Seventy-eight percent of subjects in Trial 2 were Asian, 17% were White, and 4% were Black or African American. The mean age was 34 years, and 11% of subjects were less than 20 years of age; 54% of subjects were male and 46% female. In Trial 2, 1,062 of 1,436 enrolled subjects had influenza confirmed by RT-PCR and were included in the efficacy analysis (XOFLUZA N=455, placebo N=230, or oseltamivir N=377). Among subjects who received XOFLUZA and had influenza virus typed, influenza A/H3N2 was the predominant strain (90%), followed by influenza B (9%), and influenza A/H1N1 (2%).
In both Trials 1 and 2, eligible subjects had an axillary temperature of at least 38˚C, at least one moderate or severe respiratory symptom (cough, nasal congestion, or sore throat), and at least one moderate or severe systemic symptom (headache, feverishness or chills, muscle or joint pain, or fatigue) and all were treated within 48 hours of symptom onset. Subjects participating in the trial were required to self-assess their influenza symptoms as "none", "mild", "moderate" or "severe" twice daily. The primary efficacy population was defined as those with a positive rapid influenza diagnostic test (Trial 1) or positive influenza RT-PCR (Trial 2) at trial entry.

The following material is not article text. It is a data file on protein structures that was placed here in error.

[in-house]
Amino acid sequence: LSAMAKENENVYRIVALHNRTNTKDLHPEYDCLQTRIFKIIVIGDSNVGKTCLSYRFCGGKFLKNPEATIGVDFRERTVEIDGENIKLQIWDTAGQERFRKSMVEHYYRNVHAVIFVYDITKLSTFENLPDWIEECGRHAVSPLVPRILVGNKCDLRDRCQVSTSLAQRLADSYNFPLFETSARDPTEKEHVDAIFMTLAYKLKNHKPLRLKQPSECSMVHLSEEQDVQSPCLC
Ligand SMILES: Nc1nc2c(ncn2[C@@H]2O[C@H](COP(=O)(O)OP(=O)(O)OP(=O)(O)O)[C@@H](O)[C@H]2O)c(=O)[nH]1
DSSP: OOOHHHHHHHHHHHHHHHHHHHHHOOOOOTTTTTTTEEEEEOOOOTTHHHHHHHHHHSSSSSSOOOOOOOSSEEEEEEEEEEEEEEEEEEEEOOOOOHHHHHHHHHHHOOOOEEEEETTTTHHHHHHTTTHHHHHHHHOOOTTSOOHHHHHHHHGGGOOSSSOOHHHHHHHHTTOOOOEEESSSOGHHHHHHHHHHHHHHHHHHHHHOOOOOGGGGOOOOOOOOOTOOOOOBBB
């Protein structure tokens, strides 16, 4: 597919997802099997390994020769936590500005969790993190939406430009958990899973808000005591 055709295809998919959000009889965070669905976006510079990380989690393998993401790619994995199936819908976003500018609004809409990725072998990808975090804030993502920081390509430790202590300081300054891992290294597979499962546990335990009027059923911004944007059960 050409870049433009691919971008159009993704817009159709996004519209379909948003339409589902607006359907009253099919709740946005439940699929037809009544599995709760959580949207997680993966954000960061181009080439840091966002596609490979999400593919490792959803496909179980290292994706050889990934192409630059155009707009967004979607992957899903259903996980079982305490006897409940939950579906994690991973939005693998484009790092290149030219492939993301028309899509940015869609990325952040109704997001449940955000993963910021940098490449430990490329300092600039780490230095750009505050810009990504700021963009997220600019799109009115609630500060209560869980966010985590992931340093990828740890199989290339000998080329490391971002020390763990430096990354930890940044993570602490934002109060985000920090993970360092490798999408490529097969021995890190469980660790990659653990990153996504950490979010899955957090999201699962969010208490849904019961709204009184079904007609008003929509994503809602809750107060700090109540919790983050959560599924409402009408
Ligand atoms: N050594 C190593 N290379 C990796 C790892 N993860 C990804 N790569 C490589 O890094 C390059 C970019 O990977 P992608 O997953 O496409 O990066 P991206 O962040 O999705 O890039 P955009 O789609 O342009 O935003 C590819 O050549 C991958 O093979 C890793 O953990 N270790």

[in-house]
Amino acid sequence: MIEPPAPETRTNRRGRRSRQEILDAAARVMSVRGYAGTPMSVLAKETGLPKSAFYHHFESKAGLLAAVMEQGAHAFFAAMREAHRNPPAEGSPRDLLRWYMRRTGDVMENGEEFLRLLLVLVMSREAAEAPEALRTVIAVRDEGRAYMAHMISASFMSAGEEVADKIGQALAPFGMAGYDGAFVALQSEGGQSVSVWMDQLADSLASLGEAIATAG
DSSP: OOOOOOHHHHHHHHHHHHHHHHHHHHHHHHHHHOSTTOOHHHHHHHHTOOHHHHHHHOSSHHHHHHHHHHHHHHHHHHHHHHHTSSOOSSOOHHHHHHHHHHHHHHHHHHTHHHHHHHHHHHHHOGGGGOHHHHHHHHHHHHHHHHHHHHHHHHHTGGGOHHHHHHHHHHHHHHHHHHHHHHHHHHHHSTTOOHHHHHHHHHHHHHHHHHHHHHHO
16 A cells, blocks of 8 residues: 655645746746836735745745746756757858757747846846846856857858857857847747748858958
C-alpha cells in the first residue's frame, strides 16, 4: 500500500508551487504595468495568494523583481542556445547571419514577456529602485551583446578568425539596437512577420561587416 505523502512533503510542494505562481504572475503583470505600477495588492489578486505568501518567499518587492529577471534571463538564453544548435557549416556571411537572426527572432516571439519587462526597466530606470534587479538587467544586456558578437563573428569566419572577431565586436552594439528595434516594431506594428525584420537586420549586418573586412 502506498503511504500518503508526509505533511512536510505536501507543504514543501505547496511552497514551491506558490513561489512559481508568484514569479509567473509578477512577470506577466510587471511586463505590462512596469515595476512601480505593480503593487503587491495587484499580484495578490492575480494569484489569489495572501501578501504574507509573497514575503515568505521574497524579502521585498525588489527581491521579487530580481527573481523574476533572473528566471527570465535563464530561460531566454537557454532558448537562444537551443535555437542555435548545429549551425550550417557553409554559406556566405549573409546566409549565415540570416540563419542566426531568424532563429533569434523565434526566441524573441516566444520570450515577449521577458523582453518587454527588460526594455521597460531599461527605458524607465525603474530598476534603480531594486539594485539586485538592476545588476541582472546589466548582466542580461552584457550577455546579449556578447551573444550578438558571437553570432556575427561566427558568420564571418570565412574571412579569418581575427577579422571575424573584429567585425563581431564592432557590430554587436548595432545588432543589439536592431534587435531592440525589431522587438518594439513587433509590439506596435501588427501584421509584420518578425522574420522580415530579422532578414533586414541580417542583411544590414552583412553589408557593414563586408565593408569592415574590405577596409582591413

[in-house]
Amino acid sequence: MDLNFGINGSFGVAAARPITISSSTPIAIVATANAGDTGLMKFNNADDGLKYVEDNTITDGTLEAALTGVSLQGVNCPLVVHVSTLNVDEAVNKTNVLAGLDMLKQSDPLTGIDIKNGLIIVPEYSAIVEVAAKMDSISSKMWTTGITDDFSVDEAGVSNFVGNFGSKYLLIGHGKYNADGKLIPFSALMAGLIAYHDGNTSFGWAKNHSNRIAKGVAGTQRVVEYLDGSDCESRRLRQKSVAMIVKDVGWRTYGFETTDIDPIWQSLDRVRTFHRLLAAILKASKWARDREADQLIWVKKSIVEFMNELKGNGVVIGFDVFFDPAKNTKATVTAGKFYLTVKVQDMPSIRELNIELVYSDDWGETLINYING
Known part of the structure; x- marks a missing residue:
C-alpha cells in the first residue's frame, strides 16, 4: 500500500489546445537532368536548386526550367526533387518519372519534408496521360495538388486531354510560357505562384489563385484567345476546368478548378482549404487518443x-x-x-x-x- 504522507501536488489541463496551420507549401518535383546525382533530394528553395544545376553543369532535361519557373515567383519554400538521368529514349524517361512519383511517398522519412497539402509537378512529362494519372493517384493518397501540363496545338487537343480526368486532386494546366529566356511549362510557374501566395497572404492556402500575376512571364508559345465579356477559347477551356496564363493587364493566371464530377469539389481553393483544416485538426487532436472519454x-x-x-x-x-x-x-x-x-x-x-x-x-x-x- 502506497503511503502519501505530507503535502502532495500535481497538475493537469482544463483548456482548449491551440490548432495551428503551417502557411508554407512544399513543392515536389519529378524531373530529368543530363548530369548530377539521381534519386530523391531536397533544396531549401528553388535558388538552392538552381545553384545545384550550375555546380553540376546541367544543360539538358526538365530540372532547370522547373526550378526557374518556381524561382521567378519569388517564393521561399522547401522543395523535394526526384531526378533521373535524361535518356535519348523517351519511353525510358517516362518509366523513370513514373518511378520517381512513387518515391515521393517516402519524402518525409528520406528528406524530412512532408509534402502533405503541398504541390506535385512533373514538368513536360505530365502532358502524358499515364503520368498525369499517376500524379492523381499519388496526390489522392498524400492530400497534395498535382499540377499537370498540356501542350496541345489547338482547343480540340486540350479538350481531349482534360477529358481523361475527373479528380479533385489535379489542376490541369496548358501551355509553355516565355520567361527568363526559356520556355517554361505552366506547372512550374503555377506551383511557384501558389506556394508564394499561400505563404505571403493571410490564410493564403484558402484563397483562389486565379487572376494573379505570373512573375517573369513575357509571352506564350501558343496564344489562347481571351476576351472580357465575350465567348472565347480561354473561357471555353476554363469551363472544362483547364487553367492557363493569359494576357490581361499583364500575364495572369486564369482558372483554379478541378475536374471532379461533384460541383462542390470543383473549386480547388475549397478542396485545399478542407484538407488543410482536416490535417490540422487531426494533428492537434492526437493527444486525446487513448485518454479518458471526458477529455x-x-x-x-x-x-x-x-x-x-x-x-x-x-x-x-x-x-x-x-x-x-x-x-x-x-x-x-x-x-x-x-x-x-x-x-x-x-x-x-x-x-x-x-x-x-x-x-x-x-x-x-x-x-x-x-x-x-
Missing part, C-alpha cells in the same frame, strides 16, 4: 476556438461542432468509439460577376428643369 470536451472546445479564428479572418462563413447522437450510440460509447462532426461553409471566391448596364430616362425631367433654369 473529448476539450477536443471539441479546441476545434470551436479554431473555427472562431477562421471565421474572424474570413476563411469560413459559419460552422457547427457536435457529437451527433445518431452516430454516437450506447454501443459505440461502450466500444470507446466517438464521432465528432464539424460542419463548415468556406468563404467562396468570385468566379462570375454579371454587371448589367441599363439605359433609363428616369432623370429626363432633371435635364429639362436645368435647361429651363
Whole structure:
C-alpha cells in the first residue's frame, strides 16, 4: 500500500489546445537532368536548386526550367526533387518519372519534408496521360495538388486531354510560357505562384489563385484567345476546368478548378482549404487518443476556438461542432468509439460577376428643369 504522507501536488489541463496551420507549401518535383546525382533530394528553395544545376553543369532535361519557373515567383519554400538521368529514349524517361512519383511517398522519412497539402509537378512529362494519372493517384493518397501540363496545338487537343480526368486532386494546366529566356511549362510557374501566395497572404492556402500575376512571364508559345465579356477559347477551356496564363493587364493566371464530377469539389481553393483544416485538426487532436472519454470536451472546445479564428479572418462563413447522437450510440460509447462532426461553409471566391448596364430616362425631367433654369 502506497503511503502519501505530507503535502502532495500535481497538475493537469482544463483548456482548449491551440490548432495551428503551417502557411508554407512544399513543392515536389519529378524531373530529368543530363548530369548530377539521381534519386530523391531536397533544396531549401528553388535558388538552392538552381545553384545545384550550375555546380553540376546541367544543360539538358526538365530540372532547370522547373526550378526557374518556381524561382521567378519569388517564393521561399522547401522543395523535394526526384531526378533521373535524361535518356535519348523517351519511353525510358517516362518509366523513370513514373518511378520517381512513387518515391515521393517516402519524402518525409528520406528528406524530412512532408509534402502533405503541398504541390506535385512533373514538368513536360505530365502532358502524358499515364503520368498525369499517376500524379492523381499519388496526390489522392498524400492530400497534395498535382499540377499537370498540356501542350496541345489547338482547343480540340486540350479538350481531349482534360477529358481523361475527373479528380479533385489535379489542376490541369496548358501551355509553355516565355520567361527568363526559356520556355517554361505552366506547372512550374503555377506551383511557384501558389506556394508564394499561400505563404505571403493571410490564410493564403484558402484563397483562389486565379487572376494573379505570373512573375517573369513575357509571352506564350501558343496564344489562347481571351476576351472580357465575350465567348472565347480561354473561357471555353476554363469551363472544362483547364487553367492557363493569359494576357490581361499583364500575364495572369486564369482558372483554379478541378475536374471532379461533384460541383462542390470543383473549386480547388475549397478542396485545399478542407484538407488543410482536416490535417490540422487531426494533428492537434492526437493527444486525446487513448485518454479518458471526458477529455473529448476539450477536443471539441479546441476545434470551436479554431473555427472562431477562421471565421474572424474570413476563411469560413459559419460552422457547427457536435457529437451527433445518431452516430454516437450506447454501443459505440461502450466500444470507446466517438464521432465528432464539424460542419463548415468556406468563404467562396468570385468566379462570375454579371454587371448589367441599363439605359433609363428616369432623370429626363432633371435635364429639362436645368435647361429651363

The primary endpoint of both trials, time to alleviation of symptoms, was defined as the time when all seven symptoms (cough, sore throat, nasal congestion, headache, feverishness, myalgia, and fatigue) had been assessed by the subject as none or mild for a duration of at least 21.5 hours.
In both trials, XOFLUZA treatment at the recommended dose resulted in a statistically significant shorter time to alleviation of symptoms compared with placebo in the primary efficacy population (see Tables 2 and 3).